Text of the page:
The Case for Making Cities Out of Wood – (Nautilus – October 3, 2018)
A recent advance in wood technology should interest the neighborhood’s developers: Teng Li, a University of Maryland mechanical engineer, created with his colleagues wood that’s as “strong as steel, but six times lighter,” he said. Liangbing Hu, Li’s co-author on the study, added, “This kind of wood could be used in cars, airplanes, buildings—any application where steel is used.” Making it is just a two-step process. The scientists first boiled natural wood in a mixture of sodium hydroxide and sodium sulfite, to remove some of the lignin and hemicellulose, substances contained in the walls of wood cells (the former retard parasite and bacterial attacks, the latter cover and bind fibers). Then they put the wood in a hot press, which leads, as they say in the paper, “to the total collapse of cell walls and the complete densification of the natural wood with highly aligned cellulose nanofibers.” The result, they conclude, is a “low-cost, high-performance, lightweight alternative” to “most structural metals and alloys.” The Economist published a video titled, “Wooden skyscrapers could be the future for cities.” The main obstacle to this outcome—what a 2016 paper called “a full timber building renaissance”—is the public’s fear of city fires, which has been reflected over centuries in construction codes globally. Some researchers, like Alastair Bartlett, at the University of Edinburgh, see in these obstacles an “opportunity,” as he wrote in a 2017 study, “to revisit compartment fire behavior and to quantify the impact of these new construction technologies on the compartment fire dynamics.” The fire issue is addressed by research described in the article.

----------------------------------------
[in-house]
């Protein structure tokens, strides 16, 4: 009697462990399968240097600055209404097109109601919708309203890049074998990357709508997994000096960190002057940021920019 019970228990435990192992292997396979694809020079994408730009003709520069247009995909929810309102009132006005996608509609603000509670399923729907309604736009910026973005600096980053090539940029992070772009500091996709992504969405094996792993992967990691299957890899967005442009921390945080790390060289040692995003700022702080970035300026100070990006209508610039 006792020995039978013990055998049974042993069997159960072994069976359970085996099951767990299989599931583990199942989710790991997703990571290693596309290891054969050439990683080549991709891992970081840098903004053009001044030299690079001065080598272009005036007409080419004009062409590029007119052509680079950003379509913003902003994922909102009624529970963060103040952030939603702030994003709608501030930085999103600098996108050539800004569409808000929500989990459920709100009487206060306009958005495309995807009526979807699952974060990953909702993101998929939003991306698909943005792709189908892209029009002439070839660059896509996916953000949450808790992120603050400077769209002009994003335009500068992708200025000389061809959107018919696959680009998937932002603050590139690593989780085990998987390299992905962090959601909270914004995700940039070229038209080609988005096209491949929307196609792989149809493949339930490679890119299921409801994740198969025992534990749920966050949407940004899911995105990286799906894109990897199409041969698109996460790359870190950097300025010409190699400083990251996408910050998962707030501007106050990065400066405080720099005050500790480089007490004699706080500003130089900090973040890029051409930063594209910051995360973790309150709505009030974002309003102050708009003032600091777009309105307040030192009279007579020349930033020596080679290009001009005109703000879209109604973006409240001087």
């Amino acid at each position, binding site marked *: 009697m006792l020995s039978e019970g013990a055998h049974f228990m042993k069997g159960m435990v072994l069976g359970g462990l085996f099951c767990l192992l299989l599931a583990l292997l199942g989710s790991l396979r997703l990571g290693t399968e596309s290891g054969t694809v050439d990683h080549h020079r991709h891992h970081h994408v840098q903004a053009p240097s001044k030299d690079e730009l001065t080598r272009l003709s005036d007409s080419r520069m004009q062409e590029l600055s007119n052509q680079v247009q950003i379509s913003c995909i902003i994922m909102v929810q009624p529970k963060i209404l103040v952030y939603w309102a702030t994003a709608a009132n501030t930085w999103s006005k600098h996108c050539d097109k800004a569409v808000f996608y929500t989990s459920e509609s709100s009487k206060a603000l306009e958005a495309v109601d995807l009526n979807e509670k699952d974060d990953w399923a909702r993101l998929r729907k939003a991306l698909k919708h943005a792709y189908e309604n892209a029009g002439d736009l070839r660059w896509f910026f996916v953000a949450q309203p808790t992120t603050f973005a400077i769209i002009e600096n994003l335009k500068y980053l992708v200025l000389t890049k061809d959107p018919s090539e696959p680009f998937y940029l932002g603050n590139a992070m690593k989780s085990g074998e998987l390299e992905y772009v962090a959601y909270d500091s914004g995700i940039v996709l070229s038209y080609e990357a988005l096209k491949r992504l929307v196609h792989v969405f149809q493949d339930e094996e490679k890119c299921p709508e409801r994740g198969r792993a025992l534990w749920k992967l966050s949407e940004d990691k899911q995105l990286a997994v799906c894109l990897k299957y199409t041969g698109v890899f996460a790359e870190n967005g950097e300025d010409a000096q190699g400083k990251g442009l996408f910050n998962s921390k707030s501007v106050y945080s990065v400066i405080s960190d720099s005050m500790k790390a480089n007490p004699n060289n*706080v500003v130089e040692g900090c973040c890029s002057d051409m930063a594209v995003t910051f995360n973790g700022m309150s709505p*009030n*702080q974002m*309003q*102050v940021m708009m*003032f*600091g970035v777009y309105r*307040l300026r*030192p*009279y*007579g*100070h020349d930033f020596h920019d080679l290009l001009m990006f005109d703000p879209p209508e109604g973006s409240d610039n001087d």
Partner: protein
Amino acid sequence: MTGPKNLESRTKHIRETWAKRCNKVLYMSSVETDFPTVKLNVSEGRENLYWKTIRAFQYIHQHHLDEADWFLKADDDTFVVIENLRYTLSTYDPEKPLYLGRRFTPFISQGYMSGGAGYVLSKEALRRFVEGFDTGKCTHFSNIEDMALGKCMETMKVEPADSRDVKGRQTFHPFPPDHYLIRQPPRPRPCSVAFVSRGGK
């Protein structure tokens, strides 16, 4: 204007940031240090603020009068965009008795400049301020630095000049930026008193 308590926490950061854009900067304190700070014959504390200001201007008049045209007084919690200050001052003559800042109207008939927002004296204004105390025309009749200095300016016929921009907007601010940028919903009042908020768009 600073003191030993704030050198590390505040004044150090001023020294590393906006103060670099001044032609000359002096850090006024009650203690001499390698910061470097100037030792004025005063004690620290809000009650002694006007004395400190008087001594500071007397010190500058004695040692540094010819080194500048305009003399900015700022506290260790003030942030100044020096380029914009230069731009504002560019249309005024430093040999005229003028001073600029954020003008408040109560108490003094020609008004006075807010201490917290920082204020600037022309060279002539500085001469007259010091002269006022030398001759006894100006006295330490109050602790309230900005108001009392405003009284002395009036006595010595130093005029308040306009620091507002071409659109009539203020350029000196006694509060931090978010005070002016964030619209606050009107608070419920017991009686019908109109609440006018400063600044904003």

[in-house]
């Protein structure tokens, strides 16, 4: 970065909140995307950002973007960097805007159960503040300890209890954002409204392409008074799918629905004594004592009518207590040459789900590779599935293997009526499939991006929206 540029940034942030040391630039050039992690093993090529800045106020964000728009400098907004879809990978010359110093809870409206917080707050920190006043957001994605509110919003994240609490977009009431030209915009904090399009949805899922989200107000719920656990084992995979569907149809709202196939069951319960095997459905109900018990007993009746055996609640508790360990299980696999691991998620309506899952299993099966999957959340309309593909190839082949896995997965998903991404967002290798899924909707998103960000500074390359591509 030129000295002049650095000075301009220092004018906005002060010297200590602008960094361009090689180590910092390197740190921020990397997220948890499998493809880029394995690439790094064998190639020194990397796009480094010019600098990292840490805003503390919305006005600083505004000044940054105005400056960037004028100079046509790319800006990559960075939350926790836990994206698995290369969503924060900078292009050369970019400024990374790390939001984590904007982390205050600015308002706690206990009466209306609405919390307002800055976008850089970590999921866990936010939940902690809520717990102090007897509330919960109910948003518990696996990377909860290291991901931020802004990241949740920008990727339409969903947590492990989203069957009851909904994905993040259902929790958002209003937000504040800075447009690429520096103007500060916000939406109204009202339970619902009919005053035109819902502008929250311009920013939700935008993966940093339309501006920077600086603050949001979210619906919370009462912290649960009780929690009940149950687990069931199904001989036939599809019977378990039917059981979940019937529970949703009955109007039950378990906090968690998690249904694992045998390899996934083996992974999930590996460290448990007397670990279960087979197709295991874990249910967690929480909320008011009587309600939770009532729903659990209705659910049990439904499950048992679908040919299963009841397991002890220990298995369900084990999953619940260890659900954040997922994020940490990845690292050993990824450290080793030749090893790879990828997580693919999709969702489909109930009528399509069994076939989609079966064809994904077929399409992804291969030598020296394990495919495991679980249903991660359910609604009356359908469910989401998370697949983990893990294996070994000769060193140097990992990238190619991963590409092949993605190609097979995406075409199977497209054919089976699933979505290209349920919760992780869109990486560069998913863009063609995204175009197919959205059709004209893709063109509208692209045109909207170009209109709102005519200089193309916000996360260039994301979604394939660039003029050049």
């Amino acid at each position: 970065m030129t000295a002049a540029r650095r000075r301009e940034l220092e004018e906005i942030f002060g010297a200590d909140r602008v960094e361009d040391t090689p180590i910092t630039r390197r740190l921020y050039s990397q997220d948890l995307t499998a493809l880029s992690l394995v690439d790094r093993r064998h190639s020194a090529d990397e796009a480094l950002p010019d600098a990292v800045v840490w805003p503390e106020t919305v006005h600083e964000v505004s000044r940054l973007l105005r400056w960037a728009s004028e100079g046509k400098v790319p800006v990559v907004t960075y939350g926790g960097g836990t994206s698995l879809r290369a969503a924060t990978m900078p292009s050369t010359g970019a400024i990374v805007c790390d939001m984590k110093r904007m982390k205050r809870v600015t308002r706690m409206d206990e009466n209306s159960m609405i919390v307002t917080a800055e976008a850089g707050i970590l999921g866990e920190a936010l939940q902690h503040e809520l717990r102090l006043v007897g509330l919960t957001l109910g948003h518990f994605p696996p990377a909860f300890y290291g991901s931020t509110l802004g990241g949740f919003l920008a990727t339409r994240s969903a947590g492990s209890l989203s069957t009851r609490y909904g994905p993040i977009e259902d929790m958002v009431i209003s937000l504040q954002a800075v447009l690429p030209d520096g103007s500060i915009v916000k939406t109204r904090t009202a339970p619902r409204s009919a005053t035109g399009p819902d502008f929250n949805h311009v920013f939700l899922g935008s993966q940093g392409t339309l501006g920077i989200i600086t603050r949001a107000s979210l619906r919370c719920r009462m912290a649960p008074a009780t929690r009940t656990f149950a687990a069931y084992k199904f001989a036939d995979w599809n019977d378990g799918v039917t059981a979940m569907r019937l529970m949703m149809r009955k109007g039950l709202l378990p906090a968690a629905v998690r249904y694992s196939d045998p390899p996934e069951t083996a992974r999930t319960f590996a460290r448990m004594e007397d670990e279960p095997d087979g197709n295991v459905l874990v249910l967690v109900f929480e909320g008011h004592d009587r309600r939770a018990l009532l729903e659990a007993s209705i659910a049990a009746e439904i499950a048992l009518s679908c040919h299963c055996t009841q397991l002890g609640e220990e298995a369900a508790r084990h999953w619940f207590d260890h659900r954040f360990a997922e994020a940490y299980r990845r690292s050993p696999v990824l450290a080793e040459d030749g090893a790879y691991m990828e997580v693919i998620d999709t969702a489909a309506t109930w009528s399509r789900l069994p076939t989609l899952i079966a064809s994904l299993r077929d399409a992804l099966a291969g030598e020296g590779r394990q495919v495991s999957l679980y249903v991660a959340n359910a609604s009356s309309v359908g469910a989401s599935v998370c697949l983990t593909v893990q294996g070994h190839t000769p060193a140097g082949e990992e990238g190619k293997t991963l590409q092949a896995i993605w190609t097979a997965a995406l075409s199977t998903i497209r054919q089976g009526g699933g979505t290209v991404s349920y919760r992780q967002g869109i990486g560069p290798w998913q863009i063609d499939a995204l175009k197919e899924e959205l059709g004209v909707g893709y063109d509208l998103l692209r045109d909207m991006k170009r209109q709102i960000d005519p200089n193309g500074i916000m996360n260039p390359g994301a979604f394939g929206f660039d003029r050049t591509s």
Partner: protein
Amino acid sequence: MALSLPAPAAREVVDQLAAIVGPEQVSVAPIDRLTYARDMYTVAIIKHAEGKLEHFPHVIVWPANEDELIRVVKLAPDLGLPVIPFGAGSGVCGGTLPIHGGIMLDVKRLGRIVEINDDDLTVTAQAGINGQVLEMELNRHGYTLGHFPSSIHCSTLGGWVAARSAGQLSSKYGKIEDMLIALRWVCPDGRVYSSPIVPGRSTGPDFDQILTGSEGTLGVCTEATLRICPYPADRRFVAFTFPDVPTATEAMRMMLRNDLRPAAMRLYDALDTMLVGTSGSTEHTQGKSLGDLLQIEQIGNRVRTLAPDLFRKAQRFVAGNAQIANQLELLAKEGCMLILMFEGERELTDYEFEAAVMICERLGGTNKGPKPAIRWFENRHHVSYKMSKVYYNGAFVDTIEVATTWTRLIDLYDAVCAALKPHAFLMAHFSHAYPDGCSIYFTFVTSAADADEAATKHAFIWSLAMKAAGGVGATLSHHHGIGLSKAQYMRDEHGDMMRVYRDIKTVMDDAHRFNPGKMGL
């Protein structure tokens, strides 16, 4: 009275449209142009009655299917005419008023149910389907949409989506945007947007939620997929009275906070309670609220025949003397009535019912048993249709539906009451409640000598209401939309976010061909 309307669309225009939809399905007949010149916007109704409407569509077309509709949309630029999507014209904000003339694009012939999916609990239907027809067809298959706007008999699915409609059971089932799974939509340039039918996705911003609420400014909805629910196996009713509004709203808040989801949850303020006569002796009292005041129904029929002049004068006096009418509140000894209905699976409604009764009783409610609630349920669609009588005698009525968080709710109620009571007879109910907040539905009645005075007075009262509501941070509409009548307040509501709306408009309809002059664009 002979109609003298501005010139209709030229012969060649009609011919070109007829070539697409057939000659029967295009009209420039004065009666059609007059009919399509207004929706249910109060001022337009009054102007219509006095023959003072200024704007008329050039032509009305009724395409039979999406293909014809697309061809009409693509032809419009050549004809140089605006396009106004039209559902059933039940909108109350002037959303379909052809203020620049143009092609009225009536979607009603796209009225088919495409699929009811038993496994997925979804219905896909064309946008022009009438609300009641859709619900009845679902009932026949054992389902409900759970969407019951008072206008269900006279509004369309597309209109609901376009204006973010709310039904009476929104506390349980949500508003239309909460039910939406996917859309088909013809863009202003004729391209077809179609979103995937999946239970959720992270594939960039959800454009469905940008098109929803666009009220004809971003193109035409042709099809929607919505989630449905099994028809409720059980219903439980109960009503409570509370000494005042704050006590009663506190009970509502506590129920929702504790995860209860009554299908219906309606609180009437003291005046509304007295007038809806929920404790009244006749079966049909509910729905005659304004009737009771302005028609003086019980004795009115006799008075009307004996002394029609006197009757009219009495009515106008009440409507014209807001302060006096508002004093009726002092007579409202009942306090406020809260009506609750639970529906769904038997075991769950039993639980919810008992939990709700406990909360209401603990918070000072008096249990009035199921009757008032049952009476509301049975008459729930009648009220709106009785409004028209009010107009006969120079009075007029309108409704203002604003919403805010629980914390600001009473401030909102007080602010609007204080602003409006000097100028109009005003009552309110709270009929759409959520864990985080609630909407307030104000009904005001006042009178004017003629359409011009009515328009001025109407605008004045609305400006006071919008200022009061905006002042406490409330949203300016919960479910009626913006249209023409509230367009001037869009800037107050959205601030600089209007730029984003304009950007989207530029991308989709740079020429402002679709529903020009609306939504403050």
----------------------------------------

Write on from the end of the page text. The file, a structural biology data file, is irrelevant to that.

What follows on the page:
Scientists Develop New Way to Produce Hydrogen Fuel That’s Safe, Cheap, and Ultra-Efficient – (GoodNews – December 17, 2019)